Heavy rain thrashed outside the cozy hut most of the night, while the wind picked up several knots with each passing gust. The storm forecast was right on the money, but unfortunately we were a literal no-man’s land, sandwiched between two of Japan’s higher peaks. Breakfast turned into an impromptu strategic meeting of the minds: myself and one other hiker had our sights set on Hijiri, while the 5 other men were studying routes off the peak. One trio opted for the 8-hour descent to Shirabiso-toge, where a taxi would be waiting to whisk them back to reality. The other two chose to re-climb Akaishi and head down to Sawarajima via Akaishi hut. The challenge was on.
My new-found companion was named Koji, a 40-something Tokyo businessman on a weekend outing in the Alps. After gearing up, both of us stepped outside, facing the brunt force of the typhoon head-on. We took one look up at the nasty ridge heading to Hijiri, turned to each other, and did what any other sensible climber would have done: we joined the duo bound for Akaishi. For one, we’d both taken the path the previous day and knew in addition to being somewhat sheltered from the wind, it was technically non-challenging. Hijiri would have to wait for another day. The 4 of us marched in unison, leaning close to the ground when the wind gusts blasted us. The rain was close to horizontal as we pushed on unfazed. Once we reached the emergency hut just below Akaishi’s exposed summit, the caretaker ushered us in. Without saying a word, the saintly gentlemen boiled some water on the kerosene heater and plied us with warm tea. He knew the severity of the predicament we were in. After all, temperatures were hovering around zero at 3100 meters above the earth. Remember that this emergency hut has no water source, so the man was giving from his own rations and didn’t expect anything in return. My respect for the hut operators in the Southern Alps reached new heights.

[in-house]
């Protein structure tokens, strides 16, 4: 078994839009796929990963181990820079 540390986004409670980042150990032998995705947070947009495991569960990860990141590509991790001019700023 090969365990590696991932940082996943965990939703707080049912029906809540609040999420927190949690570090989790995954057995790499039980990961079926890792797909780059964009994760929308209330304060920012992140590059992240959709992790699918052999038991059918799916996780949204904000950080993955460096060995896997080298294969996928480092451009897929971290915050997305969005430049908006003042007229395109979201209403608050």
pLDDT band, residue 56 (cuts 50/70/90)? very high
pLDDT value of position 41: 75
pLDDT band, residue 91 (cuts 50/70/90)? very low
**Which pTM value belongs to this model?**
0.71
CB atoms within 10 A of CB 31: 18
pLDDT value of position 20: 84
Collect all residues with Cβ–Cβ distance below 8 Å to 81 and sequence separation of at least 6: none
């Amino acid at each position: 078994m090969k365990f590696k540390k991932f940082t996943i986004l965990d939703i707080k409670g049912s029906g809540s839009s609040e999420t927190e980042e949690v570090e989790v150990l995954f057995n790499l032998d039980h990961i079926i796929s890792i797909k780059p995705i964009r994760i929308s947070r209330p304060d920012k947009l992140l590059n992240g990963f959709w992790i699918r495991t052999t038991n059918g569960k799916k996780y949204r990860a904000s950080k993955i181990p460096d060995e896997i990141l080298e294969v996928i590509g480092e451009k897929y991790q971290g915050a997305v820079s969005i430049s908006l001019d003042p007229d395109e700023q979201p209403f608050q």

Up and over Akaishi we marched, dropping down into the tree line for a much needed respite from the wind. The rest of the hike down to Sawarajima was a bit of a blur. I don’t recall any distinguishing features other than the well-groomed grounds of Akaishi hut. Once reaching the valley, the news of cancelled bus service set in, as I raced around frantically trying to figure out how to get back to Osaka. Tokai forest was running shuttle buses to the parking lot, but from there I was basically on my own, miles from the nearest town. Luckily, Koji offered me a ride to Shizuoka station without hesitation. The rain continued to pour down as the shuttle bus made repeated stops to remove debris and landslides from the forest road. I had the feeling we were getting out in the nick of time. If we’d climbed Hijiri and stayed an extra night on the mountain there’d likely be no road left to leave on.
Disaster was once again safely diverted. Hijiri remained on the ‘to climb’ list, and little did I know that it would end up being #100 for me. Such is the way things panned out in my Hyakumeizan adventure.